By: Gerome Dalipe
THE nationwide transport strike launched by some transport groups failed to paralyze work in both private and private offices.
This, as the Iloilo City Hall and the Iloilo Provincial Capitol, provided free shuttle services to commuters in going to their offices.
Likewise, Ceres Liner management refused to join the transport strike and allowed their drivers and personnel to continue to serve the riding public.
The Land Transportation Franchising and Regulatory Board (LTFRB) in Western Visayas observed smooth traffic flows in the Aleosan Terminal in Pavia, the Tagbak Terminal in Jaro district, and the San Pedro Terminal in Molo district.
Richard Osmeña, LTFRB-6 director, said that they already recorded some jeepney operators who participated in yesterday’s transport strike.
These operators are at risk of losing their franchise to operate for joining in the strikes, said Osmeña.
Their Certificates of Public Conveniences (CPCs) may be removed based on a memorandum circular in 2014, which states that involvement in protests which would inconvenient the riding public would merit a revocation of the franchise.
The operators who participated in yesterday’s transport protest are those allied with the Pinagkaisang Samahan ng mga Tsuper at Operators Nationwide (Piston) and the Alliance of Concerned Transport Organization (ACTO).
The transport groups are protesting against the Public Utility Vehicle Modernization Program (PUVMP) rolled out recently by the Department of Transportation (DOTr).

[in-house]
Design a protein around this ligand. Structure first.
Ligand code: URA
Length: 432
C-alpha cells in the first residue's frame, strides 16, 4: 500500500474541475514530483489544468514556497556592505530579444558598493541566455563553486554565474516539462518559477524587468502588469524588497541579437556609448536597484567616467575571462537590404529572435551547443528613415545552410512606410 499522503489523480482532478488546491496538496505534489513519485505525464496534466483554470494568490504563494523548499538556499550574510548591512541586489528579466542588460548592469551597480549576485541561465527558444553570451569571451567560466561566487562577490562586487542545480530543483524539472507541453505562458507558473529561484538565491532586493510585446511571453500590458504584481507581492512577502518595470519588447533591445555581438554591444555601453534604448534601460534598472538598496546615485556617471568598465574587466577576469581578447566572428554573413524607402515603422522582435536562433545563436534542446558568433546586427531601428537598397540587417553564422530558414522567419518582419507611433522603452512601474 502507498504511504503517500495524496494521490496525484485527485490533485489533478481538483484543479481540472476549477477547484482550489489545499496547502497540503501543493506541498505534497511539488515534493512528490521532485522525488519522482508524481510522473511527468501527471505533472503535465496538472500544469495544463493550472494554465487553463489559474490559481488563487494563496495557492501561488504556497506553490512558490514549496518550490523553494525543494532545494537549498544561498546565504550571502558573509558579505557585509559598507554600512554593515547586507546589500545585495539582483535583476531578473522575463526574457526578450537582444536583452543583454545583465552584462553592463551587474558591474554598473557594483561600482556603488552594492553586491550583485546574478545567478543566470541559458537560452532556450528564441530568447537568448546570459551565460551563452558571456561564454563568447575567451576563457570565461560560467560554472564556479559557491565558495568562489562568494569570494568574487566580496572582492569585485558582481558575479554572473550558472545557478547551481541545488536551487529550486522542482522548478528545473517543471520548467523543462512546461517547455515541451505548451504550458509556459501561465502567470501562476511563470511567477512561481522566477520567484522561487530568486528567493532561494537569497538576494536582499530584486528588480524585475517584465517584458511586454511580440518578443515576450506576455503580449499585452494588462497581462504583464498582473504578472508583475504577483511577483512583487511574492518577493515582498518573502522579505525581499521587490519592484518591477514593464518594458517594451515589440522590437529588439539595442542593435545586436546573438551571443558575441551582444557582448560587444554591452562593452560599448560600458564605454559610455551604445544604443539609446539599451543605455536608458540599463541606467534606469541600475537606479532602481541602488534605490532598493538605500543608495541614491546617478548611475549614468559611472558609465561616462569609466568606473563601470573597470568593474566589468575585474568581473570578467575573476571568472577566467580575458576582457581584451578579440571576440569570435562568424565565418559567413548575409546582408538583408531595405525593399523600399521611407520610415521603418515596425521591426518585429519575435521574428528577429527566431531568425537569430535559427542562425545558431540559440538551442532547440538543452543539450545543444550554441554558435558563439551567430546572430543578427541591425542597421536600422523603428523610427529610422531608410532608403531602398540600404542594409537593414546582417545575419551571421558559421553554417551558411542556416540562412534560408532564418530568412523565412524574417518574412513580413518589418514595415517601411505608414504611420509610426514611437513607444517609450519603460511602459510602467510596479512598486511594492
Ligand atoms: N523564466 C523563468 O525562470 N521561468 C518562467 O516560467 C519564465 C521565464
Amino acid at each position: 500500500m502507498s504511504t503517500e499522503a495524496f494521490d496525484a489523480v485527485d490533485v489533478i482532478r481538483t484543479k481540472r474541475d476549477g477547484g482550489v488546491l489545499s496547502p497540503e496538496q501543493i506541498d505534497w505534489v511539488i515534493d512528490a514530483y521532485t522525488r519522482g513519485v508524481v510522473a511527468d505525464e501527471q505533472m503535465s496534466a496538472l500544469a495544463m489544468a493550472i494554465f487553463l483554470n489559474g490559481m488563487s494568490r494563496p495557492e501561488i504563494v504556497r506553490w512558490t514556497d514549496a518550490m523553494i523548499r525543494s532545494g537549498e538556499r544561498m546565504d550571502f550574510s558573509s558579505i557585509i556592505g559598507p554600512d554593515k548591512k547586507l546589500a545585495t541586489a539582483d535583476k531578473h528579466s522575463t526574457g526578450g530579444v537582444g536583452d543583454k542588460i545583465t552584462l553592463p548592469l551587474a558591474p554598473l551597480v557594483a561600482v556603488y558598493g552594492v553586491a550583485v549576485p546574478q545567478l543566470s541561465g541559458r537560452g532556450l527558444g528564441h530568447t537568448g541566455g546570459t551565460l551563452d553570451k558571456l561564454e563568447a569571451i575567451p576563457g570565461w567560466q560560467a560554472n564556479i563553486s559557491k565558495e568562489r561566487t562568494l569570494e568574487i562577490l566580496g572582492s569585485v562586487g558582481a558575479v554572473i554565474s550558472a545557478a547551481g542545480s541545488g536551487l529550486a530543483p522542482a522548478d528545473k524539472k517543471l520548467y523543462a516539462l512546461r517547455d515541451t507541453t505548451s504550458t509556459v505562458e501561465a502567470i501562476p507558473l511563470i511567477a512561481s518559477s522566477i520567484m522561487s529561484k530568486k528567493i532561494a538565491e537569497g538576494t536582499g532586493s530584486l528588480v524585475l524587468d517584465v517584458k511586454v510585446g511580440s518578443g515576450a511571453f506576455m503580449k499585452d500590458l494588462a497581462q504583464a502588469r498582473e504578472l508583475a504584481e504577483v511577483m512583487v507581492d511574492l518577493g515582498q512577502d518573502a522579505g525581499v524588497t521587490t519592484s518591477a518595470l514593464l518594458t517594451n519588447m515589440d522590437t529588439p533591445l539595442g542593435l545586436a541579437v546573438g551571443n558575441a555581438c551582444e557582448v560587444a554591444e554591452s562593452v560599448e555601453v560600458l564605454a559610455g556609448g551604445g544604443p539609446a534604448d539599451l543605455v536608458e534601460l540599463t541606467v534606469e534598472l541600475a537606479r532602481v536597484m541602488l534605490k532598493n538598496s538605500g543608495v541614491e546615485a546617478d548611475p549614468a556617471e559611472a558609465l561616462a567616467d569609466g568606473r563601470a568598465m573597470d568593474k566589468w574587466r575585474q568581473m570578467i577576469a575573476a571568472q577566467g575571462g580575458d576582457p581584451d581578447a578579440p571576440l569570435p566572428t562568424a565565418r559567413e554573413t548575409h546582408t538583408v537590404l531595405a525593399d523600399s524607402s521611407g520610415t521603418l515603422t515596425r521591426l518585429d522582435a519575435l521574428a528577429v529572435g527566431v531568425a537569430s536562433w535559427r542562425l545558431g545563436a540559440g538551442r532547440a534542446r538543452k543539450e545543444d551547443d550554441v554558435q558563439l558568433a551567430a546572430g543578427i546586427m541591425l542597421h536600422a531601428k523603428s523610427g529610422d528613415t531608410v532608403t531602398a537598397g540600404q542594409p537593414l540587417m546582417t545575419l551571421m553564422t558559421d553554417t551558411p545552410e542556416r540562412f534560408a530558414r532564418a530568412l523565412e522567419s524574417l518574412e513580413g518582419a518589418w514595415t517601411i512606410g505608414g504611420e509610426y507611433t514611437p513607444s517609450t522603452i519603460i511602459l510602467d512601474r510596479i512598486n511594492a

But why are some transport groups against the government’s modernization program?
The DOTr launched its modernization program in June 2018, which mandates the phaseout of PUVs aged 15 years or older.
The PUV Modernization Program is the flagship, non-infrastructure project of the Duterte administration.
It aims at providing a comfortable life for all Filipinos through a safe, reliable, convenient, affordable and environmentally-sustainable public transportation system in the country.
To promote safer and more environmentally-friendly transport systems, the government proponents are pushing to replace jeepneys with Euro 4-powered engines or electrically-powered engines with solar panels for roofs.
The proposed modern PUVs should also be outfitted with additional features such as speed limiters, a GPS navigation system, dashboard cameras, an automated fare collection system, Wi-Fi, and closed-circuit television cameras.
The program will also change the franchising system, updates on new routes, and training for drivers.
Authorities are eyeing to modernize not just the jeepneys, but also the buses and public utility vans across the country by 2020.
Transport groups decried the program as “anti-poor,” arguing that the new jeepney unit would cost them at least P1 million per unit.
They also lamented that only multi-million peso companies can afford to buy the new “fleet management system” that sets a minimum of 15 units per franchise.
In a statement, the LTFRB has reminded the operators and drivers that participating in the transport strike is a direct violation of the provisions stipulated in their franchise.
Those who will participate in the activity may face suspension or even cancellation and revocation of franchise.
The LTFRB earlier cancelled the franchise of more than 200 bus units of Jell &Transport and Corinthian Liner for participating in the citywide transport strike in November 2010.
Instead, the LTFRB is also inviting all transport groups, cooperatives, operators, and drivers from all modes of transportation to have a dialogue with the agency to discuss pressing issues and concerns on the implementation of the PUVMP without resorting to such disruptive actions.